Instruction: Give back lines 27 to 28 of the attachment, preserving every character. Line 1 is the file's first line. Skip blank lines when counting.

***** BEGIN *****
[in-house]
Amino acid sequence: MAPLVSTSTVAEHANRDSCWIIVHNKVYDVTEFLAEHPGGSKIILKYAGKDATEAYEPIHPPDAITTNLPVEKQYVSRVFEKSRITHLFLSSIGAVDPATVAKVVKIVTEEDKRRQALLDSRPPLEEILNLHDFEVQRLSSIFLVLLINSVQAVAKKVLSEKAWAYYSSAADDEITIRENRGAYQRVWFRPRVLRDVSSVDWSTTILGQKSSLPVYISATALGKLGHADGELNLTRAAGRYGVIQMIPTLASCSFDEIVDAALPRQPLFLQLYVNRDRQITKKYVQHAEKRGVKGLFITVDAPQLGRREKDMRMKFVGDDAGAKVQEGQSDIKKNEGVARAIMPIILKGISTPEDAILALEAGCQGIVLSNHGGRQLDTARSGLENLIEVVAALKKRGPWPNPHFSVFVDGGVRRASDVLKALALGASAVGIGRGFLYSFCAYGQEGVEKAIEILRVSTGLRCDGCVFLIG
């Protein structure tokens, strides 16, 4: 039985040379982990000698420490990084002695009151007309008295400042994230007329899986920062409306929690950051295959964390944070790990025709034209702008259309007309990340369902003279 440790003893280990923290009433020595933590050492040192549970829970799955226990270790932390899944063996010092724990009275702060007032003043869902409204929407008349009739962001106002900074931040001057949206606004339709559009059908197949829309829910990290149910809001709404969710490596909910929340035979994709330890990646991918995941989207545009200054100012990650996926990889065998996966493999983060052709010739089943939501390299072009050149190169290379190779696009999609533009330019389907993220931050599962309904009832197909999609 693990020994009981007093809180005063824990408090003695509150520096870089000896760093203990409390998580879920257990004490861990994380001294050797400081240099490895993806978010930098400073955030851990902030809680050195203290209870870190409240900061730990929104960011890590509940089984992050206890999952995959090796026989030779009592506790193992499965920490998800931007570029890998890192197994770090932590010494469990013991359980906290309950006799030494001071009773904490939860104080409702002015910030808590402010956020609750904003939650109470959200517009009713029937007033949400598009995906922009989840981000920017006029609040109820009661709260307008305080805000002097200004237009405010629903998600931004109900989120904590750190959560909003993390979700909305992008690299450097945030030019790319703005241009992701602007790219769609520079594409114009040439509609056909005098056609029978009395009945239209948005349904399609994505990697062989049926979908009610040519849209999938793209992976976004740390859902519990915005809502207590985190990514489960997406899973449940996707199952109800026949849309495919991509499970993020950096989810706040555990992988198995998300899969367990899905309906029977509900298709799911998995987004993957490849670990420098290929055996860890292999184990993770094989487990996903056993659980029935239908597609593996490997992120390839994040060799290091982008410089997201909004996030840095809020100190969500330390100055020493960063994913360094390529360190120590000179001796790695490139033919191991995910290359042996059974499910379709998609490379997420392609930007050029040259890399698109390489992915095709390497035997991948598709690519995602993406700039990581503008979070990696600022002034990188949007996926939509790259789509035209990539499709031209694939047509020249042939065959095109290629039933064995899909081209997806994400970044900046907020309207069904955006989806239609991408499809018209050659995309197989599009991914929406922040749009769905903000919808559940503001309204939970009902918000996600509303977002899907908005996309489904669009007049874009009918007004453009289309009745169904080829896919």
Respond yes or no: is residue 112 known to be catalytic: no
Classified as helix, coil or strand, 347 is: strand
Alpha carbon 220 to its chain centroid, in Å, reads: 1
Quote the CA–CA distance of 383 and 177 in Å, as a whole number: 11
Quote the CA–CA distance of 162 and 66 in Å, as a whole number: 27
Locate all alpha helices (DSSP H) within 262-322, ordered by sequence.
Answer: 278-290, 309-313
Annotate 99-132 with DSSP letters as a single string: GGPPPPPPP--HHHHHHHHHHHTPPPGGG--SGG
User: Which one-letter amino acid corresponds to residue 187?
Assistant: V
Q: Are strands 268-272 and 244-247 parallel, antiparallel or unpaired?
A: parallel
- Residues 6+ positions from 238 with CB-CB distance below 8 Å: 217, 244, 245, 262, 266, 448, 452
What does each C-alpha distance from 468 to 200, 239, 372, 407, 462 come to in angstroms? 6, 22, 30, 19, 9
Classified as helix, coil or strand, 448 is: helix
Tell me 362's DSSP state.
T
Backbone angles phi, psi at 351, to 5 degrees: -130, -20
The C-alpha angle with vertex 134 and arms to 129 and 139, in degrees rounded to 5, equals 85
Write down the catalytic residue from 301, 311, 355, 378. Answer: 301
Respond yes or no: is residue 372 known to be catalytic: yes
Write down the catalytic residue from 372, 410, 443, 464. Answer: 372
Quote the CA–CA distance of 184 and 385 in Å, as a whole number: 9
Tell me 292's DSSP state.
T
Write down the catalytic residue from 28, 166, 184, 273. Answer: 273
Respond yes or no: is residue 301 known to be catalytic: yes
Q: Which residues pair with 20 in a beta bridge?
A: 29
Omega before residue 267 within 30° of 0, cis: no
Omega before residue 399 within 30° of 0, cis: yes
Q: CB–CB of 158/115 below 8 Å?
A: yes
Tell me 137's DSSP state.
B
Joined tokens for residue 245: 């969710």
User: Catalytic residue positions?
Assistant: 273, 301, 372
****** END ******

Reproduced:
Tell me 292's DSSP state.
T